Russian Kuril missiles end Japanese island claims 

Russian Kuril missiles end Japanese island claims 

Russia is planning to deploy additional missiles on two islands in the northern portion of the disputed Kuril chain off Japan’s northernmost island of Hokkaido, according to an internal Russian document.

Kyodo News reported that new land-to-ship missile systems called the Bastion, with a range of more than 360km, would be deployed on Paramushir and Matua in the chain, which includes four islands claimed by Japan which were seized by the Soviets at the end of the Second World War. 

The plan points to the strategic importance Russia places on the Kuril Islands to defend the Sea of Okhotsk.

The move more or less ends Japan’s hopes of getting back the southern Kuril Islands. 

Japanese Prime Minister Shinzo Abe last week travelled to the far eastern Russian port of Vladivostok to meet President Vladimir Putin in pursuit of a treaty to return the southern islands. 

Plans to deploy land-to-ship missiles on Paramushir in the northern Kurils and radar on Matua suggest the Russians have no plans to leave. Paramushir is not claimed by Tokyo but the Bastion missile’s more than 360km range puts them within reach of shipping in the Sea of Okhotsk, the waters north of Hokkaido.

In August, Russian Prime Minister Dmitry Medvedev visited Iturup (pictured), one of the islands claimed by Japan, which the Japanese call Etorofu.

Medvedev brushed off Japanese criticism of his provocative visit. The former president said: “The more indignation, the more reasons to come here for Russian government representatives, and that’s what we will do, of course. It is our land, it is an entity of the Russian Federation. These islands are part of the Sakhalin region. Why should we be concerned about [Japanese sensitivities]?”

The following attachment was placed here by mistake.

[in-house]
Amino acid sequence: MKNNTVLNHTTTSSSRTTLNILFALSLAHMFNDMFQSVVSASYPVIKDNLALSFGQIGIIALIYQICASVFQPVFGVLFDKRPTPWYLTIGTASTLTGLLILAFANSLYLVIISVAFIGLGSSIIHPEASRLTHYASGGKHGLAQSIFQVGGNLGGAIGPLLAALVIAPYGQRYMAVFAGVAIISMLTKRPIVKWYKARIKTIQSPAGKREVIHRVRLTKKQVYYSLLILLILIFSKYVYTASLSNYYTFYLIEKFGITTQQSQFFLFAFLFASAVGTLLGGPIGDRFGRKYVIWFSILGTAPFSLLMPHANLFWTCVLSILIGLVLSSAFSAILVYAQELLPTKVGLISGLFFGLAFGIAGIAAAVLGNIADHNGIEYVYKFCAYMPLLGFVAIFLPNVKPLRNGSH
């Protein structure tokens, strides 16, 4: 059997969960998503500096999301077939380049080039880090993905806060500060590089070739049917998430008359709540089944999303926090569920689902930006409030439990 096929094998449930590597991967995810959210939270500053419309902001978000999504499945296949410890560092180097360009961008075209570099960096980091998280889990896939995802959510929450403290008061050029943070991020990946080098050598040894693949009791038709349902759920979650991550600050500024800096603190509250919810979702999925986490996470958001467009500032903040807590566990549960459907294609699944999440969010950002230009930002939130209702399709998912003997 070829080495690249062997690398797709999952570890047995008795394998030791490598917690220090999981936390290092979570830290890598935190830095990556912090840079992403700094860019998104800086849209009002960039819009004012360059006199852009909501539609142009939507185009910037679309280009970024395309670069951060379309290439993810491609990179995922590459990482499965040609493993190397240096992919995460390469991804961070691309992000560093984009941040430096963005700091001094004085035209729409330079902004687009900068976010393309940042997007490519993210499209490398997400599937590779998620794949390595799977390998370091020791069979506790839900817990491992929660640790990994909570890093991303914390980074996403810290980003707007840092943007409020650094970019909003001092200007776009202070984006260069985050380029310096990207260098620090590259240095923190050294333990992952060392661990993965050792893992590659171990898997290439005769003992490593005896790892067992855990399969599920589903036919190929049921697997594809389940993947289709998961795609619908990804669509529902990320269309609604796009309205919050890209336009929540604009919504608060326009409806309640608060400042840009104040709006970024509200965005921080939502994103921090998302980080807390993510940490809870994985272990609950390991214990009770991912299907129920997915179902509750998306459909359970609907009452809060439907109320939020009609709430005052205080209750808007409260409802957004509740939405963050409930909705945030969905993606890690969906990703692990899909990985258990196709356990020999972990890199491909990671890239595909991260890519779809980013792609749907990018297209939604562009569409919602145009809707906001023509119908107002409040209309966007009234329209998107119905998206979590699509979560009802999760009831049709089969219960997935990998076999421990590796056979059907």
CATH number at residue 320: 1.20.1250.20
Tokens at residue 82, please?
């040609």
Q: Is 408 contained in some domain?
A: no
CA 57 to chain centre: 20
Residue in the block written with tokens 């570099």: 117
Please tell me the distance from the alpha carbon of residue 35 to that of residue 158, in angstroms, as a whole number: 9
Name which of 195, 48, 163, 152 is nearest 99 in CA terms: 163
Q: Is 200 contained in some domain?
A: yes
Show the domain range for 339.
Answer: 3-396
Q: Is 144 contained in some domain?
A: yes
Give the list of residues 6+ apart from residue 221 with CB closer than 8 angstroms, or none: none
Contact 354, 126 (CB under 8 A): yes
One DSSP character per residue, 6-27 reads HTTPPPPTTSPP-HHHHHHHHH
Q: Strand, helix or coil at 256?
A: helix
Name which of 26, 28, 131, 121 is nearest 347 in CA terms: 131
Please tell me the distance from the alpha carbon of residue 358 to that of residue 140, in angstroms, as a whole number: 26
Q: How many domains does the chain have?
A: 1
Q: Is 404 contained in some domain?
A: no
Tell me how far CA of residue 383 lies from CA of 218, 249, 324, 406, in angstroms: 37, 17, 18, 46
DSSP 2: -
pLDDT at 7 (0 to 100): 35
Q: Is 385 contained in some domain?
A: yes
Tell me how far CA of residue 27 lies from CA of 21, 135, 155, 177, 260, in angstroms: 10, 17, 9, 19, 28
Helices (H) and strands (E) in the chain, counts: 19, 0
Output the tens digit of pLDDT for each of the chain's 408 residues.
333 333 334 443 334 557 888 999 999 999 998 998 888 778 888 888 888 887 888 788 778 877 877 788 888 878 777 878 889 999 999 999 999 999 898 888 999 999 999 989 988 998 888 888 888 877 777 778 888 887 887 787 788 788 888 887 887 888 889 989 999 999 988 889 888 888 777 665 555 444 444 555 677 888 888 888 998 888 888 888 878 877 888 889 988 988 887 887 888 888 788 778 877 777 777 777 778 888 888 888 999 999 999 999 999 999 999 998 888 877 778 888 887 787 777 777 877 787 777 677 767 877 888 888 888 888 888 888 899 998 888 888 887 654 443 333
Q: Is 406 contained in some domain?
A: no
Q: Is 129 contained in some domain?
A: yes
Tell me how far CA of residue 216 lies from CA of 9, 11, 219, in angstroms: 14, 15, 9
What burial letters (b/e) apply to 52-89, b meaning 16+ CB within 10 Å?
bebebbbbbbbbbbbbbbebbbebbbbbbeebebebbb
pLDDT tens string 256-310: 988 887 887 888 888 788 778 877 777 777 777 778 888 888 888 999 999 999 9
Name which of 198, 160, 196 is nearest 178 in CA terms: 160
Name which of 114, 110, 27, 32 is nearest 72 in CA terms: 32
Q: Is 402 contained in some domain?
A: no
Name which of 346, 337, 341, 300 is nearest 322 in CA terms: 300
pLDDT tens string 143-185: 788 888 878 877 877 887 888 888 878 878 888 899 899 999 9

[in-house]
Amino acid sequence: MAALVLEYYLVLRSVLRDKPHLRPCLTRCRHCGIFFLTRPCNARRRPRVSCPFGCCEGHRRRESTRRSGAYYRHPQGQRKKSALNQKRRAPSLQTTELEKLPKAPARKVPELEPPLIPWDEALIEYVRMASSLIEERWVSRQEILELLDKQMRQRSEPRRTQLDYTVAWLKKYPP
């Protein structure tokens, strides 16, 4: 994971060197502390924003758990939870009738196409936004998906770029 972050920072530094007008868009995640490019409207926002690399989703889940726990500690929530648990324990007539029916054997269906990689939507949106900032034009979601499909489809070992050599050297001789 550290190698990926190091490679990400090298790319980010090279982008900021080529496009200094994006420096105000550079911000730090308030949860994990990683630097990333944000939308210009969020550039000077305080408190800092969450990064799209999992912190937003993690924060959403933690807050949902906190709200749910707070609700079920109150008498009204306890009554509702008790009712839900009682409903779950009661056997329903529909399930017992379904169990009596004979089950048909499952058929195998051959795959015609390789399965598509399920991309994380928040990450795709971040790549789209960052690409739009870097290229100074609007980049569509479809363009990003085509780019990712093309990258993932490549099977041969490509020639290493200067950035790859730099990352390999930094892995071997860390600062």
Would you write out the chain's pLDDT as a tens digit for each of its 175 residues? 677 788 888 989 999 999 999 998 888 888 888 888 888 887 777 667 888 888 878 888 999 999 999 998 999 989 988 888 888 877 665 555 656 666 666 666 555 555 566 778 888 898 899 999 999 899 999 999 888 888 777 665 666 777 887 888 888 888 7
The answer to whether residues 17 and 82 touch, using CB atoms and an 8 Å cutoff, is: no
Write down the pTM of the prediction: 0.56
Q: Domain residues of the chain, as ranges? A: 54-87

The Kurils were invaded by the Soviet Union in late August 1945 two weeks after Japan’s surrender after the atomic bombing of Hiroshima and Nagasaki. The Japanese have ever since condemned the invasion as treacherous and illegal.

The Japanese population was expelled and replaced by Russian settlers. The Kurils struggled economically despite playing an important strategic role during the Cold War. They also have rich offshore fishing grounds.

In 1956, Moscow agreed to hand back a few of the islands, including the small Shikotan and the Habomai islets, in exchange for a peace treaty. The offer was rejected by Tokyo in the hope that Japanese investment in Russia’s Pacific region could persuade the Kremlin to return more territory. 

Russia’s growing economy has weakened Tokyo’s leverage. 

Japan and Russia agreed in 2018 to embark on joint economic projects on the islands, including sea urchin and strawberry farming, to build bilateral ties.

It has been reported that Tokyo is now prepared to consider accepting the 1956 offer and abandoning hope of retrieving the larger Kunashir and Iturup.

But a sticking point is the demand that Japan must accept Russian sovereignty over the other seized islands.



Iturup. Picture credit: Wikimedia

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